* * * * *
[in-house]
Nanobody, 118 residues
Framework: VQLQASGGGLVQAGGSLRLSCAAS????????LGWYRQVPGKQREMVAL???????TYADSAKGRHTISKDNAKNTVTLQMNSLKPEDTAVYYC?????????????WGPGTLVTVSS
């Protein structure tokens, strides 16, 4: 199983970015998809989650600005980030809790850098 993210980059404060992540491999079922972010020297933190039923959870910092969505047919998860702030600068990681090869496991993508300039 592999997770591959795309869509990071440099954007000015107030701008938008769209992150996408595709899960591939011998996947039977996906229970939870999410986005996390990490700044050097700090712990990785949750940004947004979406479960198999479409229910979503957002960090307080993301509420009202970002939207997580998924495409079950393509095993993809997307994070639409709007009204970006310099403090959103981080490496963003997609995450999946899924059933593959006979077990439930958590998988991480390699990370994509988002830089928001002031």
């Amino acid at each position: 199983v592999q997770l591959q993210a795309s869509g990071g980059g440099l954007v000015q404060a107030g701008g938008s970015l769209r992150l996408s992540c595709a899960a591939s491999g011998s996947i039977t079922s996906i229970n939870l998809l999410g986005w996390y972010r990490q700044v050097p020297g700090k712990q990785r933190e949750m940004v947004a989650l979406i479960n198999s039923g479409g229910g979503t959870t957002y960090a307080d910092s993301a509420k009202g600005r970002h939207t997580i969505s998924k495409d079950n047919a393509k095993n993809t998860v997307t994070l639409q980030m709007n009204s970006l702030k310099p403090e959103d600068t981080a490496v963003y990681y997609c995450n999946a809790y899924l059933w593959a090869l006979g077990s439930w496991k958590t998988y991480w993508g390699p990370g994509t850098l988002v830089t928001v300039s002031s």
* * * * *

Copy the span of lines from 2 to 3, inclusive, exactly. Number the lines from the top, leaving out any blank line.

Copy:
Nanobody, 118 residues
Framework: VQLQASGGGLVQAGGSLRLSCAAS????????LGWYRQVPGKQREMVAL???????TYADSAKGRHTISKDNAKNTVTLQMNSLKPEDTAVYYC?????????????WGPGTLVTVSS